Lack of specifics on how and why China constitutes a threat to the region are indicative of the more generalized (but still problematic) ‘Assertive China’ narratives that dominate Western analyses of Chinese foreign policy. Clearly, China is actively trying to alter the power dynamics in its immediate environment of East Asia, but it is premature to talk of a revisionist challenge to the international system, writ large, guiding the entirety of Beijing’s foreign engagements, including the Arctic.

China’s Arctic engagements originate from, and are still dominated by, scientific research projects, building partnerships with many Arctic countries to further climatic and environmental research. Critics are quick to dismiss these endeavours as obscuring other political goals, but the massive environmental and climate challenges China confronts should not be underestimated, nor its influence on Beijing’s foreign policy.

China has made inroads into Canadian and Russian energy markets, having particular success in the latter case as the sanctioning regime imposed after their annexation of Crimea has left Moscow short of capital and partners for Arctic resource development. Developing economic relations, specifically pertaining to mineral extractions, has been another area of focus for Beijing in the North – signing a number of deals with Nordic countries – though there are reservations about Chinese dominance over these small economies (such as in Iceland and Greenland), as well as its environmental and labour practices. Despite these concerns, China’s ability and willingness to invest significantly in the region, requiring possibly decades of development before profitable returns are generated, is the primary factor motivating Arctic stakeholders to engage with Beijing.

Gaining entry into the Arctic regional governance structure is an important plank of China’s engagement strategy. In 2013, China (along with a number of other Asian countries) was accepted by the Arctic Council as a Permanent Observer – a position that does not have voting rights but is allowed to participate in working groups. The major condition China (and other applicants) had to meet was acceptance of the Nuuk Criteria which includes acknowledging the pre-eminent role of the Arctic states in regional affairs, their sovereignty and sovereign rights, and recognizing the United Nations Convention on the Law of the Sea (UNCLOS) as the legal regime governing the region. This measure alleviated concerns by showing Beijing’s willingness to abide by the rules and conditions of the regional regime vice constructing parallel and competing organizations to promote their interests.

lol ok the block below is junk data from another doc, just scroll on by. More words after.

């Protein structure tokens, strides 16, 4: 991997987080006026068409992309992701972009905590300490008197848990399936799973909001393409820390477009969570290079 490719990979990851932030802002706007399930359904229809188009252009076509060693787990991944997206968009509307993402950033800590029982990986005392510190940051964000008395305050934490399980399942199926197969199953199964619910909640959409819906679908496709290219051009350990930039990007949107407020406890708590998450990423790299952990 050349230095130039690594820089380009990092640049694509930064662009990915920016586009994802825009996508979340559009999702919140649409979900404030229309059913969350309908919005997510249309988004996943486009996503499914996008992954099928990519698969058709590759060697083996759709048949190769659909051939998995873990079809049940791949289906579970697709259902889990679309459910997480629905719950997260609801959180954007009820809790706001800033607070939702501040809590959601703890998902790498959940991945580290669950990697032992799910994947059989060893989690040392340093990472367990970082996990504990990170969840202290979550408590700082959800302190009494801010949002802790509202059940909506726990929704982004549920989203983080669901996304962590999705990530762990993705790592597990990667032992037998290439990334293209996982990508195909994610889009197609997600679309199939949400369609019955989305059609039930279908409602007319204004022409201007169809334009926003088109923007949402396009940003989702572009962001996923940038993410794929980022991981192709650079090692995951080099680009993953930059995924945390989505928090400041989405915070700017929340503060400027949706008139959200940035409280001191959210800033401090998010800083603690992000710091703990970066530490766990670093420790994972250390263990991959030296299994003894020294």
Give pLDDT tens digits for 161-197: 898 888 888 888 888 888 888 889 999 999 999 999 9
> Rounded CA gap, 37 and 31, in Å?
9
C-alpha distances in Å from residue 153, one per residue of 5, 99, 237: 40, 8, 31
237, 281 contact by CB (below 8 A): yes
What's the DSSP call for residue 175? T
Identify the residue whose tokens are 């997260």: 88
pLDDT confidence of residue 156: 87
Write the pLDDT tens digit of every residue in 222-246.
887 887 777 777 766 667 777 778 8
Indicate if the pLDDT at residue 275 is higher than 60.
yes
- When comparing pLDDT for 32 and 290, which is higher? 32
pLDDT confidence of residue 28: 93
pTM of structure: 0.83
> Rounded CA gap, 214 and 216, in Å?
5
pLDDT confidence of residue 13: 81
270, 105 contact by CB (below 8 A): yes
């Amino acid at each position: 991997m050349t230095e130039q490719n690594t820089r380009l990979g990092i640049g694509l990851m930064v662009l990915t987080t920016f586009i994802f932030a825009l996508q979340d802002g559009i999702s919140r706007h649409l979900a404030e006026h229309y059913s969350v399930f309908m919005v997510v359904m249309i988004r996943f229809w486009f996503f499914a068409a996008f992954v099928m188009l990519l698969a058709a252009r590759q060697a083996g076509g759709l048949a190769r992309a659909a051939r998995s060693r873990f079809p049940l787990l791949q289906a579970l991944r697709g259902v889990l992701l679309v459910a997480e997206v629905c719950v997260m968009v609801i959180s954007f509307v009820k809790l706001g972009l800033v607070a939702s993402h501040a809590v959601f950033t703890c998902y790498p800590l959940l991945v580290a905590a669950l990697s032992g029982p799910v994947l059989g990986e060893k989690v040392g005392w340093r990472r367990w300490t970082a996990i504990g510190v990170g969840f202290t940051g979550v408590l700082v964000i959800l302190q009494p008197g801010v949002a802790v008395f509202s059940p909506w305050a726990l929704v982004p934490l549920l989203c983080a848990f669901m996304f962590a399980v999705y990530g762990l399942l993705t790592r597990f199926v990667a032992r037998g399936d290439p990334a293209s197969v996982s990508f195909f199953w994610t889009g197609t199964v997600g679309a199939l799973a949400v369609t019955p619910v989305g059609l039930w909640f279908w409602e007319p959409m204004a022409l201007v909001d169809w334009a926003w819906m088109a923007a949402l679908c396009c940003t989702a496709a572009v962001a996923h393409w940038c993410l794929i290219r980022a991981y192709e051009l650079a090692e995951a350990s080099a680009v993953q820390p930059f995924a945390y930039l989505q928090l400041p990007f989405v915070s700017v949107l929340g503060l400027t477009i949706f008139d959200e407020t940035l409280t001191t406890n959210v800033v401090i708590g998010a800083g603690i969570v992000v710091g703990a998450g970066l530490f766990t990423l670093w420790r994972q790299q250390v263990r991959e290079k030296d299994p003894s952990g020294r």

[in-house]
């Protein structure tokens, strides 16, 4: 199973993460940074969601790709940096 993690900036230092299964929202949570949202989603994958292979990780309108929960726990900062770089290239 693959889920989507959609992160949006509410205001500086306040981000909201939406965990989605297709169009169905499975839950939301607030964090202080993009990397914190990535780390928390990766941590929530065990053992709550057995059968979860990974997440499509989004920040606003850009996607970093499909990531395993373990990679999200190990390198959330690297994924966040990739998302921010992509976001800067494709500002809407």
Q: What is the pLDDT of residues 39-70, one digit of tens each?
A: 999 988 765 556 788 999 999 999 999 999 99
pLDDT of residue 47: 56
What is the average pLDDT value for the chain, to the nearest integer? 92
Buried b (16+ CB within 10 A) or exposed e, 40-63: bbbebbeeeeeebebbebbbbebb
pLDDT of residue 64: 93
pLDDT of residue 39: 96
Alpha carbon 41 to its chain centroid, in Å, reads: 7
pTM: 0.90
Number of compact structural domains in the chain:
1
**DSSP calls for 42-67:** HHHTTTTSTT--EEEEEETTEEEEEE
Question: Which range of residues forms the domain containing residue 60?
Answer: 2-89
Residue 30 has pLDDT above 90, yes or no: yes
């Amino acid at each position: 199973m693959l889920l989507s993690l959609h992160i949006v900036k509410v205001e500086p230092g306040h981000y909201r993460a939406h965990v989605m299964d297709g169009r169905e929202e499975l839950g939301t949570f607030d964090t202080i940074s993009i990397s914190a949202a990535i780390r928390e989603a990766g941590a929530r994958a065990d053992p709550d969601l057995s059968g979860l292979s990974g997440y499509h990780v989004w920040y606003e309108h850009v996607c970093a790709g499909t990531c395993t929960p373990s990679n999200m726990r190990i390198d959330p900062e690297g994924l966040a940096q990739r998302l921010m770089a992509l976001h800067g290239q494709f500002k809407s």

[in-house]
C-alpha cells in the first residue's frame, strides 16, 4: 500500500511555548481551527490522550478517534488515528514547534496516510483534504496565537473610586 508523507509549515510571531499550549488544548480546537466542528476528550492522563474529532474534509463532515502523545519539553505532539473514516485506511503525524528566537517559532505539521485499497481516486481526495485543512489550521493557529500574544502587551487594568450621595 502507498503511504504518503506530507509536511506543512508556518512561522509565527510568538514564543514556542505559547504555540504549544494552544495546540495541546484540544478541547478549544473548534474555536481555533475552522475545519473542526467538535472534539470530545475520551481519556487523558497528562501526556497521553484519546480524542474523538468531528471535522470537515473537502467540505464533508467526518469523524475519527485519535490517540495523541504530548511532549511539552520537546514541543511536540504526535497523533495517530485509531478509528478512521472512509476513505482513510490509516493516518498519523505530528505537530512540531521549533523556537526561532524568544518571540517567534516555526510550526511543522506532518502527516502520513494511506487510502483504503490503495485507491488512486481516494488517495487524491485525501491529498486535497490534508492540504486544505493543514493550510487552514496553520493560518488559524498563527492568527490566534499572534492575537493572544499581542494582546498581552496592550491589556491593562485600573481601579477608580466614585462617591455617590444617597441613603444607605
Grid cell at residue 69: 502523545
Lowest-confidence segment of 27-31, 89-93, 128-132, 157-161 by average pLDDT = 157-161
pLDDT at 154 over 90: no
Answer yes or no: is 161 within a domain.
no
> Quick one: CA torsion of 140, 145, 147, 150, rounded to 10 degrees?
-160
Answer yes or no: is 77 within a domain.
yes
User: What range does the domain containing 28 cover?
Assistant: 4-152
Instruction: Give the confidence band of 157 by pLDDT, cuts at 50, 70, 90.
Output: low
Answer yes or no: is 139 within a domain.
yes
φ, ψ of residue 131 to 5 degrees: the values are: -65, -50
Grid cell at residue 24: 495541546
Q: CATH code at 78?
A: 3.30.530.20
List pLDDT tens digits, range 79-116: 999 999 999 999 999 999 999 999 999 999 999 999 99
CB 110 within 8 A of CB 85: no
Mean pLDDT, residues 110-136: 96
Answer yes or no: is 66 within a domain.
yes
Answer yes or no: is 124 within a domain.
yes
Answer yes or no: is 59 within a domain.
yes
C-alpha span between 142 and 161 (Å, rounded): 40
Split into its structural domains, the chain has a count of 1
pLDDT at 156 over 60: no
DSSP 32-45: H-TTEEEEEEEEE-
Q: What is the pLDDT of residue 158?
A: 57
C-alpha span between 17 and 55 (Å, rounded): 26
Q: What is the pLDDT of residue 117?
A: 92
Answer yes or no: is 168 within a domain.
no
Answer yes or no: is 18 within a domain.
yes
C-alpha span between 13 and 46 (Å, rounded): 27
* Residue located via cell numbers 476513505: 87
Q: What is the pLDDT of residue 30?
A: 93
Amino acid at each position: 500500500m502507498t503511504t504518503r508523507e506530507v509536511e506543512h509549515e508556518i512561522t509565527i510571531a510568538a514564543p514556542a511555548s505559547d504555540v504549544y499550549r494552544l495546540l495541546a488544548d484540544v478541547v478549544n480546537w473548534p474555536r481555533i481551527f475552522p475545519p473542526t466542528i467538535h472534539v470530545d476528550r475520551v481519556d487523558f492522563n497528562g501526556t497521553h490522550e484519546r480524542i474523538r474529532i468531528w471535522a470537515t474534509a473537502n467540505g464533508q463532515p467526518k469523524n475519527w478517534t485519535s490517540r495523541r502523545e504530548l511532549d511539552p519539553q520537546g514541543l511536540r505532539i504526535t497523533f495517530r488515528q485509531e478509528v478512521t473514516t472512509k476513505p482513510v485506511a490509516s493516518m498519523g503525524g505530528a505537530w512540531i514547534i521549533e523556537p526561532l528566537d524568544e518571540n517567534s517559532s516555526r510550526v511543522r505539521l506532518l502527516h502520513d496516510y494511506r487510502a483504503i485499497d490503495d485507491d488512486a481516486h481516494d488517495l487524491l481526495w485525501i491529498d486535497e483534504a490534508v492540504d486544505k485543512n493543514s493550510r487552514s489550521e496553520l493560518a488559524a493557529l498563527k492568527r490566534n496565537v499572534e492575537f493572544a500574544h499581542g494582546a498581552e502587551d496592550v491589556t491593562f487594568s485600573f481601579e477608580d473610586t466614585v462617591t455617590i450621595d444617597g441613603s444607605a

Mar 2016 – SNMG1 ships (Norway, Spain, Britain, France)  in formation after exercise Cold Response
Mar 2016 – SNMG1 ships (Norway, Spain, Britain, France) in formation after exercise Cold Response off the coast of Norway: HNoMS Storm, HNoMS Steil, ESPS Cantabria, ESPS Álvaro de Bazán, HDMS Niels Juel, HMS Iron Duke, and FS Primauguet. (Photo: WO C.ARTIGUES (NATO HQ MARCOM))

China’s slowly growing interests in the Arctic align within their broader foreign policy goals of diversifying energy and resources suppliers, securing trade routes and becoming more active in global and regional governance instruments commensurate with their growing great power status and role. Contrary to portrayals of China as an assertive and bellicose outsider, Beijing’s actions have been conducted through legal and accepted channels, including participating, at a low and non-intrusive level, in the regional political architecture. Acknowledging the differences that exist between Beijing and other Arctic actors over issues of extended maritime zoning claims, there is very little evidence of China becoming more aggressive in these pursuits at present.

Stabilizing Factors
The inaccuracies associated with many of the destabilization/scramble arguments do not, in and of themselves, explain the stability of the Arctic regime. In the future, the Arctic may become an area of contestation in the deteriorating relationship between NATO and Russia. China, and other new entrants, may become more aggressive, politically and otherwise, in challenging the rules and relationships defining the region. Arctic stability does not rely solely on the assumption of benevolence on the part of Moscow and Beijing (or any other actor). Instead, the Arctic is defined by a number of stabilizing elements and characteristics, and creating pathways to address areas of contestation.